Tuesday, June 17, 2014

Odyssey Adventure Club


Raise your hand if you do NOT know what Adventures in Odyssey is. Anyone? Anyone?

When I was growing up, Focus on the Family created and aired a brand new radio series for families called Adventures in Odyssey. I loved this program. "Loved" is almost too weak of of a word, really. It would be more correct to say that I was obsessed with itMany times I remember nagging my parents to leave events so that we could get home in time to listen to the radio. (They were never in such a rush as I was.) I recorded the episodes off the radio with my cassette tape player and would listen to the stories over and over again.

It has long been one of my anticipated delights to share Adventures in Odyssey with my own kids. My oldest, age 7, has just come to an age where he can follow along and find the stories interesting and so we've been listening to a few episodes in the car.

If you are unfamiliar with this radio drama, it was created in 1987 and the stories surround the life of one John Avery Whittacker, a wise and kind older fellow who runs a bookshop/old fashioned ice cream parlor/and the very famous imagination station which can transport you to different times in history. His place is called "Whit's End" and I've always wanted to go there in real life because it seems like such a fun and amazing place for a kid to hang out.

Each episode in this series focuses on either a moment in history and/or a character quality. The stories are well done, entertaining, and it is remarkably easy to connect with the characters. Mr. Whittacker, Eugene and Connie have long been my friends. Even still, I must quibble for just a moment. The officially stated goal of the series is to teach kids about "moral" or "Biblical values". To be perfectly honest, I don't really agree with their purpose in the sense of pretending like learning moral or Biblical values is a grand idea. It actually isn't. The stated goal of a Christian program - of which Adventures and Odyssey most undoubtably is - should be to share the Gospel of Jesus Christ. Some of you may say that I'm splitting hairs and, even if I am, I think that's a hair that is worth being split. You can make anyone conform their behaviors on the outside and it might even make you feel more comfortable to be around them if you succeed in such an endeavor. However, if a person doesn't know Jesus Christ as their personal Savior and Lord, then all the moral platitudes and kindly behaviors you teach a person won't mean a thing. Their heart will remain unchanged and it is their heart that must change. In fact, I believe you'll be doing any child a disservice if all you want and ask them to do is to behave "morally right" as defined by Focus on the Family or Random Person on the street. So despite my love for Odyssey and my being excited to share the characters and stories, I'm not offering this program to my kids as a moral pat on the back. May they never receive such a thing from me.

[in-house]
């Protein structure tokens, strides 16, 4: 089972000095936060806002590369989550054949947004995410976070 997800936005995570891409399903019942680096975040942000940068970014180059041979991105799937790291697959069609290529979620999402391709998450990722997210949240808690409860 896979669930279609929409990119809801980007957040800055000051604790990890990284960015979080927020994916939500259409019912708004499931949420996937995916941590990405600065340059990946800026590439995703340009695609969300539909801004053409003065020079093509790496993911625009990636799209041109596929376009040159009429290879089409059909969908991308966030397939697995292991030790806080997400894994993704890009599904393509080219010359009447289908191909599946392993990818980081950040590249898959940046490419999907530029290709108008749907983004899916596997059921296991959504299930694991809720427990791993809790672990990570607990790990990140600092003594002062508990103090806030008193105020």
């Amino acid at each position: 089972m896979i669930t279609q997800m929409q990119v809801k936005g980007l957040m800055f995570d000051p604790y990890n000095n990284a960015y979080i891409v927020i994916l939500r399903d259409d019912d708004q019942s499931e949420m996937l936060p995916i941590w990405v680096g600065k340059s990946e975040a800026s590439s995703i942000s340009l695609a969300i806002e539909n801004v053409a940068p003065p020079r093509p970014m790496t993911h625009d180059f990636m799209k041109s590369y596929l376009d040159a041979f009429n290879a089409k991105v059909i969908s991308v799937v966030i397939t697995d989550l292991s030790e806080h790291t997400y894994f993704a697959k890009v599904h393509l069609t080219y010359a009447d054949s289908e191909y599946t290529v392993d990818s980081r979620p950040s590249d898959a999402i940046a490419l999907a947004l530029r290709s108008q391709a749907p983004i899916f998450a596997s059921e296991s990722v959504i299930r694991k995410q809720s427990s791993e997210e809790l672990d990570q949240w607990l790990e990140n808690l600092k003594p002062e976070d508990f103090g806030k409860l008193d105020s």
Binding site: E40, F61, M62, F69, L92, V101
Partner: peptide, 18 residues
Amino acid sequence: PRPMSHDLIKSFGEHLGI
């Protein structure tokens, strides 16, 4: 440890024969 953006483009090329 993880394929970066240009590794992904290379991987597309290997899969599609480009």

For me, Odyssey is a fun story. When you are lazing about the house, or driving in the car, or just wanting to hear a fun, encouraging story, I see no problem with looking to Odyssey! This is why I was excited to offer the opportunity to be a part of promoting the new Odyssey Adventure Club.

If you loved the stories growing up and you want to share them with your own kids, then you might want to check this out.